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Tim O'Brien's Musical Journeys Showcased on <i>Traveler</i> - 2003-11-14

Over the past 30 years, singer-songwriter Tim O'Brien has had a rich and varied career. His years with the progressive bluegrass band Hot Rize, along with his subsequent solo career and time spent writing hit songs in Nashville, have made Tim one of the most respected singer-songwriters in acoustic music. Tim's new CD, Traveler, adds to that fine reputation.

Tim O'Brien's Traveler begins with a true story. Kelly Joe's Shoes is about a pair of sneakers that belonged to fellow musician Kelly Joe Phelps.

That opening track sets the theme for the rest of the album by this well-traveled musician. Tim O'Brien was raised in Wheeling, West Virginia. When asked about his early musical influences, his answer was a wide range of styles from pop to bluegrass and just about everything in-between.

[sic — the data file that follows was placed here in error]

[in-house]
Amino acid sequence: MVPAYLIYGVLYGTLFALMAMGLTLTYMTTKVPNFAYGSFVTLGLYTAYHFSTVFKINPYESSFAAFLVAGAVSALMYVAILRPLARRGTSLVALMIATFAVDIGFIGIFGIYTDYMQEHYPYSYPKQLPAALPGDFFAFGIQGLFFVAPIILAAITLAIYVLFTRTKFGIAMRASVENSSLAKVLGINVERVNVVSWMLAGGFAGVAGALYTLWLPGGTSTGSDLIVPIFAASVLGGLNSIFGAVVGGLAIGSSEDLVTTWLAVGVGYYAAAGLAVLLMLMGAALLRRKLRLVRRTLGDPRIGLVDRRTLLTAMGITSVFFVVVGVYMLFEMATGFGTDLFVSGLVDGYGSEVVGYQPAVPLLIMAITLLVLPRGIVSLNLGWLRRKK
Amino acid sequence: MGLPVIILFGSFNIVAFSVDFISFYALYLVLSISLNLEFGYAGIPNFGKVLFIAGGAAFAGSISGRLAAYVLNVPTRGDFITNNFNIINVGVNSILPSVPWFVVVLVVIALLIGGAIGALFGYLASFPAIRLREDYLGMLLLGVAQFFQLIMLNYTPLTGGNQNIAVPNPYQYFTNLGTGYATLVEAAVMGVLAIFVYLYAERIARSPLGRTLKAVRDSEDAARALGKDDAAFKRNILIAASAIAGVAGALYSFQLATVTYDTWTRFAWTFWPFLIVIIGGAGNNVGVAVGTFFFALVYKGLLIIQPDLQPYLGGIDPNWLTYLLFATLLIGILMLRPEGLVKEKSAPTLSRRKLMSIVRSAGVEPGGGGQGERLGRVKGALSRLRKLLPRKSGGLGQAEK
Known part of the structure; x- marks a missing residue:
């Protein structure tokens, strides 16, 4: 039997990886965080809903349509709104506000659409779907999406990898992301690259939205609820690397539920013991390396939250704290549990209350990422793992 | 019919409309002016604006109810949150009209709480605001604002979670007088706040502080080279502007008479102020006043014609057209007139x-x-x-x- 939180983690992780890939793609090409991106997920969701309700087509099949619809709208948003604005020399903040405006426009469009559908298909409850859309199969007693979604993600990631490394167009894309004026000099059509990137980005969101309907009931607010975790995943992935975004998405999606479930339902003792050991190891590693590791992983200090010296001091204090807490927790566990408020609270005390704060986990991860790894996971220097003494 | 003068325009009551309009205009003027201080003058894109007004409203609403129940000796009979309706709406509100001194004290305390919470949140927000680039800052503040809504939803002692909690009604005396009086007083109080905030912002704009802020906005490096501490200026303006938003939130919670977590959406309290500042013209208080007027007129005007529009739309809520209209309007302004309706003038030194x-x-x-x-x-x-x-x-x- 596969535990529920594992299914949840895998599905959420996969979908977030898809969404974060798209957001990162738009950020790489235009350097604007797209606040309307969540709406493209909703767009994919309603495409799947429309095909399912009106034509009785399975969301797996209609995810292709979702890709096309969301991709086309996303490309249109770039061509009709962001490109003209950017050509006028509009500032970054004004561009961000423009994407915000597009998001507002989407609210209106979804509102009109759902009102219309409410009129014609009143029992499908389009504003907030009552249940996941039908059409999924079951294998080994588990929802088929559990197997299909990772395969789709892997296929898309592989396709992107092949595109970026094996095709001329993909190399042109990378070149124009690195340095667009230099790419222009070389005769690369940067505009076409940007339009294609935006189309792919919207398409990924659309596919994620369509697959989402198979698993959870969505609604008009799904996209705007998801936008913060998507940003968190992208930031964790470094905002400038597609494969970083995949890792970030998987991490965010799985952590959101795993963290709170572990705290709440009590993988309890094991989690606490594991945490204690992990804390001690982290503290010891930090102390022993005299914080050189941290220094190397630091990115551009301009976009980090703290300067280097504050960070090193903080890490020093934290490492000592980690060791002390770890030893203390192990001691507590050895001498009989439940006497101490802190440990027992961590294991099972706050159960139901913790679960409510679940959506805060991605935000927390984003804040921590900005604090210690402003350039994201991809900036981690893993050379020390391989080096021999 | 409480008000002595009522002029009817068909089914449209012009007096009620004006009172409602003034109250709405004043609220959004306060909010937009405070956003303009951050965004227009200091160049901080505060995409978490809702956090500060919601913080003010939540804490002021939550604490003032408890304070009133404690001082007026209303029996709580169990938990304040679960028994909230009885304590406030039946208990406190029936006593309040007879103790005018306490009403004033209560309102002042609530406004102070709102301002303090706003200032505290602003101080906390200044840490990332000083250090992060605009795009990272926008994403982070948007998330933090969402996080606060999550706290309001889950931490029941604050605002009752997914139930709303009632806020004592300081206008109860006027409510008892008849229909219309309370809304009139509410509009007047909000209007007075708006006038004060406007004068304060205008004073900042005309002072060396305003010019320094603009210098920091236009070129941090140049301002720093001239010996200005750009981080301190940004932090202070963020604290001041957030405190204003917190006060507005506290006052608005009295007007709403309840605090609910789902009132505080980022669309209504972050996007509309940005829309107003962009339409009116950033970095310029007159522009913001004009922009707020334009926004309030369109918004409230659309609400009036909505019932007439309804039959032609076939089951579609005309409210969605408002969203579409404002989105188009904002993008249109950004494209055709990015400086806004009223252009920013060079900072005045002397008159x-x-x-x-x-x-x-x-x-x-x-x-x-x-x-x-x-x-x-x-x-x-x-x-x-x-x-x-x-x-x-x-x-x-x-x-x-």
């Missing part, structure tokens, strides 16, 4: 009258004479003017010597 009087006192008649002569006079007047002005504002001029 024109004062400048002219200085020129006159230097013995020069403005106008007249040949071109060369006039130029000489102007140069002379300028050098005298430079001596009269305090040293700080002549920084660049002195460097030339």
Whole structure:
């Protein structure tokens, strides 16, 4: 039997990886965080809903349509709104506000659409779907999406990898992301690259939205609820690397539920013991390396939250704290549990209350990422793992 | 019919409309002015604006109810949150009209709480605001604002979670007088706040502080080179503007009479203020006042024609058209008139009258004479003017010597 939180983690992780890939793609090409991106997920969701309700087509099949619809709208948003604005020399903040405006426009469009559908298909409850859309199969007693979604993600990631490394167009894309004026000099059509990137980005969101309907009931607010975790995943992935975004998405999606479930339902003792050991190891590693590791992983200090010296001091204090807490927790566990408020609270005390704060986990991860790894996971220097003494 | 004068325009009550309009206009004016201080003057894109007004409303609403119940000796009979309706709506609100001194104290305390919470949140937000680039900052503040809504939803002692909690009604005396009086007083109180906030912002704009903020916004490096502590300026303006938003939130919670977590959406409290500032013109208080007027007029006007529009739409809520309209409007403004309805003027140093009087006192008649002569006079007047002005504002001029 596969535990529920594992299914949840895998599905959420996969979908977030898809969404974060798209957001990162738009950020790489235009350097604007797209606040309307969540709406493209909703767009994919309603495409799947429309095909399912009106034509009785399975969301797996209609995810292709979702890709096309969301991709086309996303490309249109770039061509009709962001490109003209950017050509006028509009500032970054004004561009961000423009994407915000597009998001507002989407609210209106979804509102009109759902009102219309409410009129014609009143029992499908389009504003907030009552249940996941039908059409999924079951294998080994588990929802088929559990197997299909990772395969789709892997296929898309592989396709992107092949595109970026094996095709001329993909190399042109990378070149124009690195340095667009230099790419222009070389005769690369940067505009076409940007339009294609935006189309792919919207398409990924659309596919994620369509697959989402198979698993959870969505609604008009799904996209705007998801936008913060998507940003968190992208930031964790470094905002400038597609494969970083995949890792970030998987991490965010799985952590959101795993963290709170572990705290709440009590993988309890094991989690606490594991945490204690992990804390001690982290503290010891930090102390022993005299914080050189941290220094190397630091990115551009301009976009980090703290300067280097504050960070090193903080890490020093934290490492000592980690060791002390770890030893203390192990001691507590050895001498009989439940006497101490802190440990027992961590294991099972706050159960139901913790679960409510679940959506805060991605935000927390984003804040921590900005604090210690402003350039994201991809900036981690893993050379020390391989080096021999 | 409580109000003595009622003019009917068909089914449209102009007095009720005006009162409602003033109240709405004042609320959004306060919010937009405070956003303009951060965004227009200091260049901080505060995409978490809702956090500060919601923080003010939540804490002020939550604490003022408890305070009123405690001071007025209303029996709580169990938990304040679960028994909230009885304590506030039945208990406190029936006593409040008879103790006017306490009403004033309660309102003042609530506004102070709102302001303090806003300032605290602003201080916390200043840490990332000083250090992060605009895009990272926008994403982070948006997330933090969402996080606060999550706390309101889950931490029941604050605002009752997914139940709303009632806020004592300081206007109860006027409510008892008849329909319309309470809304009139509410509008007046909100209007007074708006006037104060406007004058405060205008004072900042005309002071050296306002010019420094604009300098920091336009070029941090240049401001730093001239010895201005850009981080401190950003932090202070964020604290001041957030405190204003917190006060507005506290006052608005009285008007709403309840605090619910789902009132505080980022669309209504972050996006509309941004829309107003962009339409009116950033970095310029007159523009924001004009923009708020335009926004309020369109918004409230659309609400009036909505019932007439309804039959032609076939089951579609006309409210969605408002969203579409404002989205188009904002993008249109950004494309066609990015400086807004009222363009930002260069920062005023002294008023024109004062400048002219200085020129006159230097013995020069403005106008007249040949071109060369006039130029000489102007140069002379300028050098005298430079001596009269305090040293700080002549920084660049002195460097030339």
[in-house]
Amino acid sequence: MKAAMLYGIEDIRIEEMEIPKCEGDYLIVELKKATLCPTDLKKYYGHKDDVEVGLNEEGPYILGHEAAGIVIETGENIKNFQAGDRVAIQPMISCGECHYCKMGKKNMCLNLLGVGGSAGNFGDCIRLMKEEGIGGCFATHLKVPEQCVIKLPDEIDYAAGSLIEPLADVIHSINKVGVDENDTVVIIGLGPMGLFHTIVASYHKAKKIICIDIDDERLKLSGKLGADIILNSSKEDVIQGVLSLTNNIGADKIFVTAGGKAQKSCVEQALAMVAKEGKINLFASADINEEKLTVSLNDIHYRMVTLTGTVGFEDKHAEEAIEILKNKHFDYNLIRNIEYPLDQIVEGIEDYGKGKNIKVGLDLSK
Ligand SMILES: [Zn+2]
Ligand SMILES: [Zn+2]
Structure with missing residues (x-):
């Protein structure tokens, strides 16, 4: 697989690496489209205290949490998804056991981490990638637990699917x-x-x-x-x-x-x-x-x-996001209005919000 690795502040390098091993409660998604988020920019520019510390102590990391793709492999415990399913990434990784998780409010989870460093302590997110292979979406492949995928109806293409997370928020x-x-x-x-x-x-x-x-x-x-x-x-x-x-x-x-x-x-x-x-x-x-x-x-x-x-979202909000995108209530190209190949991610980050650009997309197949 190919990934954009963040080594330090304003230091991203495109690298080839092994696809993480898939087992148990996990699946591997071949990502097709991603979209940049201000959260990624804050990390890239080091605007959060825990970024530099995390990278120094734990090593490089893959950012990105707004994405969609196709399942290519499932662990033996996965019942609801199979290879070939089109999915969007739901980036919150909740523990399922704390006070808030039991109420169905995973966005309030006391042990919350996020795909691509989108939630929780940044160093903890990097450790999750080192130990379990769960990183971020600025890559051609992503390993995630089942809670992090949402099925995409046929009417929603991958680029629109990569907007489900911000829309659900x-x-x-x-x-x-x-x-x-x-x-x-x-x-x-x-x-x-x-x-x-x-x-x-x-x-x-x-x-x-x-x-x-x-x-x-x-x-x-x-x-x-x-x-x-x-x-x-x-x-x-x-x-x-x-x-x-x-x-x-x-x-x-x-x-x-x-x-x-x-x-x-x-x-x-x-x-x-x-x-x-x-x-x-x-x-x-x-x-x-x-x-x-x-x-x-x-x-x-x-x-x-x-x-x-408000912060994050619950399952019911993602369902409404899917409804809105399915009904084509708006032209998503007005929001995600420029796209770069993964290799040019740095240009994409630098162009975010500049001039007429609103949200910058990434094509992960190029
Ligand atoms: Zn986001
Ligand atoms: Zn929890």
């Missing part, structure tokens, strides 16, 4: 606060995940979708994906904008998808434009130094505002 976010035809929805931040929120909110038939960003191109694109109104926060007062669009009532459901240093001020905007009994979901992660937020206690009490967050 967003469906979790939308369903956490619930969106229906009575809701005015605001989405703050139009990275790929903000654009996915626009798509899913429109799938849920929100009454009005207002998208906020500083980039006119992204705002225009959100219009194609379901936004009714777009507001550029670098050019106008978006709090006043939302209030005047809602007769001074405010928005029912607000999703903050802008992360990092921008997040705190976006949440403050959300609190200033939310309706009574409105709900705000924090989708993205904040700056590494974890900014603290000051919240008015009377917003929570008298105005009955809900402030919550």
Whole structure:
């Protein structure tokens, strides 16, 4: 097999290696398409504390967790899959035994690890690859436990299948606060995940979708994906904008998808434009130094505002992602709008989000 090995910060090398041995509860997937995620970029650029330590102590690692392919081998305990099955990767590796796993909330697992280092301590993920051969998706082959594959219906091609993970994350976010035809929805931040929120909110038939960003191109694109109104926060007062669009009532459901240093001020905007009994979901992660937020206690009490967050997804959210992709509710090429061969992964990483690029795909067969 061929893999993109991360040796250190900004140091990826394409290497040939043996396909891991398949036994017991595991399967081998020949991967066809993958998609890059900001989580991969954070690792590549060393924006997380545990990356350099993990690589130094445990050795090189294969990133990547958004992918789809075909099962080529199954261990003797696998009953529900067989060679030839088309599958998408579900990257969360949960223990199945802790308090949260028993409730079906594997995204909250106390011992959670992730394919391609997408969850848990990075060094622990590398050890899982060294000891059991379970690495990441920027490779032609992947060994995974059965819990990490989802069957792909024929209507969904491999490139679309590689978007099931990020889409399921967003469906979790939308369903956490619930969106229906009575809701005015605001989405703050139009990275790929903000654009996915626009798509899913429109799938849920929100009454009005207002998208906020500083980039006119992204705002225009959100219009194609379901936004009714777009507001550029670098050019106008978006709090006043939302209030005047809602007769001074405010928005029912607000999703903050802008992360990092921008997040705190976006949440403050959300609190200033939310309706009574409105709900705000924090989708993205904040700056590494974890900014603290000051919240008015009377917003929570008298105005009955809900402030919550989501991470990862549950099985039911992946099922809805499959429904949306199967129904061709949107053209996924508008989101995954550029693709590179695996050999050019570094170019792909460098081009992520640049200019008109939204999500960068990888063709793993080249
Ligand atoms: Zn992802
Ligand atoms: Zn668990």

"I guess The Beatles. The Beatles and, as I was starting to play the guitar, and I'd heard of Flatt and Scruggs, and I thought they were fantastic," he said. "And then somebody said, 'Have you heard this new record Strictly Instrumental? It's Doc Watson.' I'd been playing finger-pick style on the guitar, and then I heard this guy. I actually saw him on TV … the Berkeley [California] Folk Festival is what it was. He was up there playing away on some tune, and flatpicking. And I'd never heard that before, and I didn't know what that was. But I said, 'That's the way I want to learn to play guitar.' He's the great universal adapter … Doc Watson. He's a great communicator, and he's the guy who showed me a lot of different directions to go with the music. Not just bluegrass, but other things."

Those "other things" include incorporating Celtic, Cajun and blues music into his songs. His vocal style is equally hard to categorize. It's a mixture of the traditional high-lonesome found in bluegrass, jazz and even a bit of the smooth style associated with "old school" soul. And, on Turn The Page Again, Tim O'Brien shows that it's possible to showcase two or more of those styles in the same verse, and have it sound totally honest.

Tim O'Brien's Traveler opens with the singer-songwriter setting out on a journey. The album's upbeat closing track, Less And Less, could be considered the sum of what he's learned along the way. The conclusion? It's best to travel light, both physically and emotionally.